There was apparently no soil testing done on the site by Mr. Casey's geologist, even though Mr. Casey said it would be done. No testing was ever performed to determine if there are still gas tanks underground. (Mr. Fleck seemed very surprised by this, saying that normally in such a situation, prospective owners perform such testing before purchasing the property, when they become liable for the tank removal, further soil testing and site reclamation.) The ZBA never required Mr. Casey to perform these tests, nor did the ZBA require him to provide documentation that the tanks had been removed. If the testing was not performed, can the Planning Board require it as a condition for permitting the plan? Or can the Planning Board refer this back to the ZBA to "finish what they started"?
I believe this is a serious environmental concern that should be addressed before any approval is given to project.
Regarding the increased traffic at the intersection:
There has been a great deal of discussion of this issue at every Planning Board meeting, and I share all the concerns that have been voiced, but will not reiterate them here. However, I would like to point out that this gas station, if approved, would be the nearest gas station/convenience store to Copake Lake which in and of itself would likely result in a large increase in traffic from that area. Combined with the opening of Random Harvest nearby, a likely hotspot for summer visitors and weekend residents of the area, it is probable that the increase in traffic would be significantly greater than has been estimated or appreciated by any of the reviewing parties.
Regarding the distance from the post office:
At the initial ZBA meeting in June 2016 where the request for a variance was made, the following is in the minutes:
Jon Strom read 232-13 on “Gasoline filling stations; In any district where permitted, a gasoline filling station shall be subject to the following regulations:
....D. No access drive shall be within 200 feet of and on the same side of the street as a school, public library, theater, church or other public gathering place, park, playground or fire station, unless a public street lies between such service station and such building or use.
I believe this issue was addressed by the Planning Board at one of the meetings which I was unable to attend. The determination was that a post office was not considered a "public gathering place". I have asked but received no answer as to who made that determination, whether it was a legal determination or an opinion. If it is a legal determination, could I be referred to that published determination?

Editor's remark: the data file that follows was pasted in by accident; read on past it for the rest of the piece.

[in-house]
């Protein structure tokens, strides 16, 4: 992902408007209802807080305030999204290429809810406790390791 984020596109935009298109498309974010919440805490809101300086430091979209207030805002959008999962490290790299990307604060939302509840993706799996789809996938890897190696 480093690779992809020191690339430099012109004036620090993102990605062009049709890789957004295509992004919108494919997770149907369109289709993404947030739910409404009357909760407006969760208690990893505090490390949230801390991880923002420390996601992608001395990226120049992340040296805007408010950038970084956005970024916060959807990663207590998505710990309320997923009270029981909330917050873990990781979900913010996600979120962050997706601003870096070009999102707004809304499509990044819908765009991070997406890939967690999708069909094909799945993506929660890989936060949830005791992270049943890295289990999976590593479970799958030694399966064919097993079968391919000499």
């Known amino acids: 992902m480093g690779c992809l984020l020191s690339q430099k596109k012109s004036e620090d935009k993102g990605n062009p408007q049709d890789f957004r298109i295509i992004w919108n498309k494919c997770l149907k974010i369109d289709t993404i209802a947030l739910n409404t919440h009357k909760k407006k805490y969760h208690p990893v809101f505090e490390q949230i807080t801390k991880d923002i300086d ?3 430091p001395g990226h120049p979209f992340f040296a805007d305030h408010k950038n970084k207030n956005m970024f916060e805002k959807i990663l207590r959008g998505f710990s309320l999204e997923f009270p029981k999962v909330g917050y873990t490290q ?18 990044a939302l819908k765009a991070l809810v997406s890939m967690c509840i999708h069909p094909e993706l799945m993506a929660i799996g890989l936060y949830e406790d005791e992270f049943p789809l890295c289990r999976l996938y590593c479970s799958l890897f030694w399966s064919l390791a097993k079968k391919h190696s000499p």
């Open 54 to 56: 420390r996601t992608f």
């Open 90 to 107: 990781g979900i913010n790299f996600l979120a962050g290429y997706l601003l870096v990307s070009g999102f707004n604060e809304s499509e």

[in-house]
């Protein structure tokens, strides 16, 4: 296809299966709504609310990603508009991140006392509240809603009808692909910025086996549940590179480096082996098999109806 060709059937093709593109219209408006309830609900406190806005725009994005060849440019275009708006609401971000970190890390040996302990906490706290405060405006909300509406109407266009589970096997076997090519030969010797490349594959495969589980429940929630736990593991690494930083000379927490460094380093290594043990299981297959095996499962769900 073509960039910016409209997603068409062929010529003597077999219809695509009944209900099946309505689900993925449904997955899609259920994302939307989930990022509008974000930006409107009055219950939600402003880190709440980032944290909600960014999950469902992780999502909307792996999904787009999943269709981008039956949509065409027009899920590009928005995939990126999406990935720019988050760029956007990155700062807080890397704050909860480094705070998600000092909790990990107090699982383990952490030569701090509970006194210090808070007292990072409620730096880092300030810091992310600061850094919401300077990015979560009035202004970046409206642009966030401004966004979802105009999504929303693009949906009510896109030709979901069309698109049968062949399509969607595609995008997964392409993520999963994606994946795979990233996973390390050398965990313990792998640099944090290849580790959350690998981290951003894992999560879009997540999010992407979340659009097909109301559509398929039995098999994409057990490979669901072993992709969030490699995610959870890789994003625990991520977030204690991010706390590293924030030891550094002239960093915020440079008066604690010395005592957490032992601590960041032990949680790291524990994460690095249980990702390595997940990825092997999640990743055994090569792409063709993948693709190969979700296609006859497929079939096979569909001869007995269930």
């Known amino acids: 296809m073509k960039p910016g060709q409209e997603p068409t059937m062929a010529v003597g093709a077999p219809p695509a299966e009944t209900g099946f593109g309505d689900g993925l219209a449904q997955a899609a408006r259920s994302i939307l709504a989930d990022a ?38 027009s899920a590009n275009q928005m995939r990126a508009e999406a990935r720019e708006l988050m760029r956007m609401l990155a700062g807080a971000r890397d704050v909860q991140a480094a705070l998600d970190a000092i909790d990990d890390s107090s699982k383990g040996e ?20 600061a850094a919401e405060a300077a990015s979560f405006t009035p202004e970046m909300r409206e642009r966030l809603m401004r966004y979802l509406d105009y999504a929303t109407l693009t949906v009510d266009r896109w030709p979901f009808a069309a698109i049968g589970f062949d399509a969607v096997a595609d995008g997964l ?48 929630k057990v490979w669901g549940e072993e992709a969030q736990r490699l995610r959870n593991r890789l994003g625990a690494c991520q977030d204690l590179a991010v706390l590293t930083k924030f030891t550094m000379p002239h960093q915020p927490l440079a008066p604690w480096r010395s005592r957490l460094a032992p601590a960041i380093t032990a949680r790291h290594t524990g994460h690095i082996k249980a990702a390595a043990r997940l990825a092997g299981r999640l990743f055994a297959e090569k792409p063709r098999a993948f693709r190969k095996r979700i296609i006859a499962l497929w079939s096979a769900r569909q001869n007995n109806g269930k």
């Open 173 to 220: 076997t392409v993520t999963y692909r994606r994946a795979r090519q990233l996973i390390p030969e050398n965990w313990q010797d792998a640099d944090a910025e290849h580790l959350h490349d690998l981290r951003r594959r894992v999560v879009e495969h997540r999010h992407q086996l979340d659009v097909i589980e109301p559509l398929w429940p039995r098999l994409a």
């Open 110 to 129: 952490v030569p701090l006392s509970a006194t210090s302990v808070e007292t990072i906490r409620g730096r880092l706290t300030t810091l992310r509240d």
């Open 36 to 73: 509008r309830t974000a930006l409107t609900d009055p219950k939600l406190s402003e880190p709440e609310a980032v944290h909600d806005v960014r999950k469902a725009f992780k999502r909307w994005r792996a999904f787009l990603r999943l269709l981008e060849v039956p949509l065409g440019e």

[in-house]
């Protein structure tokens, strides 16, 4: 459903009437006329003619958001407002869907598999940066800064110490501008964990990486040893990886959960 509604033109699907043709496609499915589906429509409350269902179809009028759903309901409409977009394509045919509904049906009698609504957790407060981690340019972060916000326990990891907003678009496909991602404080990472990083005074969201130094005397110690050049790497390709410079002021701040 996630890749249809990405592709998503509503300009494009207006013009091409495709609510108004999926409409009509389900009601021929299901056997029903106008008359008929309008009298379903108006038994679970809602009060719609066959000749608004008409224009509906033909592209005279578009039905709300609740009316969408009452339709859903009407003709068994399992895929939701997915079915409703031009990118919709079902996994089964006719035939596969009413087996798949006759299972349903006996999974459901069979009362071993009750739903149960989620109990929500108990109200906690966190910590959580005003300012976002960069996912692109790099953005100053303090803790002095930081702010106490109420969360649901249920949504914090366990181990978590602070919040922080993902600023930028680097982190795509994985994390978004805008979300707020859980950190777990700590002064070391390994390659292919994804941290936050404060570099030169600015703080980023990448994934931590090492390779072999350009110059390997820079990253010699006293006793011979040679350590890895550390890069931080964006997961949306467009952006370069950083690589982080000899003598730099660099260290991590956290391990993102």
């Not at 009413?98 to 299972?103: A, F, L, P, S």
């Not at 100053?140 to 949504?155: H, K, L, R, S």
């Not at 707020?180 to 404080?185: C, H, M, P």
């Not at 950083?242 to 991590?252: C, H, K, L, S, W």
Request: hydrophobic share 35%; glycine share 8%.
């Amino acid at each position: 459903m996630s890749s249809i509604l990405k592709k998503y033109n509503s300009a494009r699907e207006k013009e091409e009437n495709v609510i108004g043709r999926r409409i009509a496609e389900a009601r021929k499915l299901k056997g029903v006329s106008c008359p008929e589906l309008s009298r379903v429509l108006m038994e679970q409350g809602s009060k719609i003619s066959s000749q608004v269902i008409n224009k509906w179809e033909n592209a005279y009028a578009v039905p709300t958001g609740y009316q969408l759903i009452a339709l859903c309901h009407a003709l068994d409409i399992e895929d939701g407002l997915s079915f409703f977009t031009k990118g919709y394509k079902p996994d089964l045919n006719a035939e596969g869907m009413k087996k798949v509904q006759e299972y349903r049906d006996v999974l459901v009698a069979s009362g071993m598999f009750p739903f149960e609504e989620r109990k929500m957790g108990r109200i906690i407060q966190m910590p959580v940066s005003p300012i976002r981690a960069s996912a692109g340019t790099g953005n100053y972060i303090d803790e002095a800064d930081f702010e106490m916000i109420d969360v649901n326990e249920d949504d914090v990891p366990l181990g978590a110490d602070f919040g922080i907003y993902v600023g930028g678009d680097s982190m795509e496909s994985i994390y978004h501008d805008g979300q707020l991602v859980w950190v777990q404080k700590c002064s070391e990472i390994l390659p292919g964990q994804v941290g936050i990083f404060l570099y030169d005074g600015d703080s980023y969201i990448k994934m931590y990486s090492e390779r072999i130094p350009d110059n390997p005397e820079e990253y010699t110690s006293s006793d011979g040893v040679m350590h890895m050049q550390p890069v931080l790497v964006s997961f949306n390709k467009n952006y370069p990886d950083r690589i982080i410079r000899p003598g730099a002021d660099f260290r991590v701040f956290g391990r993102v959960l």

In my own opinion, a post office should fall into the same category as any of these "gathering places". While I wouldn't define a post office as a "gathering" place, neither would I define a fire station as a gathering place, so if the regulation includes a fire station in this definition, I would think it would logically include a post office. There may, of course, be aspects to this determination of which I am not aware, but on the face of it, it seems apparent to me that a post office is, in fact, a "public gathering place". And while I have not personally measured the distance, I believe the plans show an access drive to the gas station that is less than 200 feet from the Craryville Post Office. I would request the Planning Board confirm this before approving this project.
Lastly, I strongly support Amy Davidson's comment at the Planning Board meeting a month or two ago, when she addressed the community's responsibility for the environment. With a recent comprehensive and dire environmental report issued by the federal government only months ago, it is imperative that we, the current residents of this planet which is quickly being destroyed, take responsibility for what actions we are taking which are contributing to this destruction. We need to do what is within our control as a local community to limit actions which are environmentally destructive and/or contribute to environmentally harmful actions (in this case, the use of fossil fuels). We need to do what we can to protect the environment. Not building yet another unnecessary gas station would be a small but important action in this direction. At the very least, perhaps this proposal should be required to include charging stations for fuel-efficient electric vehicles.
Thank you for your consideration of my concerns.